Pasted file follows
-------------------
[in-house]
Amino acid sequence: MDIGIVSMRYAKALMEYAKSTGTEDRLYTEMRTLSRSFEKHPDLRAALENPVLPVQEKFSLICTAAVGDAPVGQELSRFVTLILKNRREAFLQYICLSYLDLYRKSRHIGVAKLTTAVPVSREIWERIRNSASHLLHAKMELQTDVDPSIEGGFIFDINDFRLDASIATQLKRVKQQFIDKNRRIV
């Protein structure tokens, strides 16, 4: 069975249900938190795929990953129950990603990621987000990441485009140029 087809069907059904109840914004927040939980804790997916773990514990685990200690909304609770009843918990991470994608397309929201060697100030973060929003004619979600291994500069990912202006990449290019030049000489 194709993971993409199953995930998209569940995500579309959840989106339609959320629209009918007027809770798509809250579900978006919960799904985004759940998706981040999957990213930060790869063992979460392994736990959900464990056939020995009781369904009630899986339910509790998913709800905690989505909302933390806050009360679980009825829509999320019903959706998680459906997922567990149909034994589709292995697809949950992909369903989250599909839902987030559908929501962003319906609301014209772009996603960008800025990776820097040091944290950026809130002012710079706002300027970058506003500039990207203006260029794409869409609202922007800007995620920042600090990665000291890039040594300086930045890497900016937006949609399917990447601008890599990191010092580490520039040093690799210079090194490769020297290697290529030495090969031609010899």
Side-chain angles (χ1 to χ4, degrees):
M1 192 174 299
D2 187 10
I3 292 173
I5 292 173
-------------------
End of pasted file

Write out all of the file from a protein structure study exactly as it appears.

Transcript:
[in-house]
Amino acid sequence: MDIGIVSMRYAKALMEYAKSTGTEDRLYTEMRTLSRSFEKHPDLRAALENPVLPVQEKFSLICTAAVGDAPVGQELSRFVTLILKNRREAFLQYICLSYLDLYRKSRHIGVAKLTTAVPVSREIWERIRNSASHLLHAKMELQTDVDPSIEGGFIFDINDFRLDASIATQLKRVKQQFIDKNRRIV
């Protein structure tokens, strides 16, 4: 069975249900938190795929990953129950990603990621987000990441485009140029 087809069907059904109840914004927040939980804790997916773990514990685990200690909304609770009843918990991470994608397309929201060697100030973060929003004619979600291994500069990912202006990449290019030049000489 194709993971993409199953995930998209569940995500579309959840989106339609959320629209009918007027809770798509809250579900978006919960799904985004759940998706981040999957990213930060790869063992979460392994736990959900464990056939020995009781369904009630899986339910509790998913709800905690989505909302933390806050009360679980009825829509999320019903959706998680459906997922567990149909034994589709292995697809949950992909369903989250599909839902987030559908929501962003319906609301014209772009996603960008800025990776820097040091944290950026809130002012710079706002300027970058506003500039990207203006260029794409869409609202922007800007995620920042600090990665000291890039040594300086930045890497900016937006949609399917990447601008890599990191010092580490520039040093690799210079090194490769020297290697290529030495090969031609010899």
Side-chain angles (χ1 to χ4, degrees):
M1 192 174 299
D2 187 10
I3 292 173
I5 292 173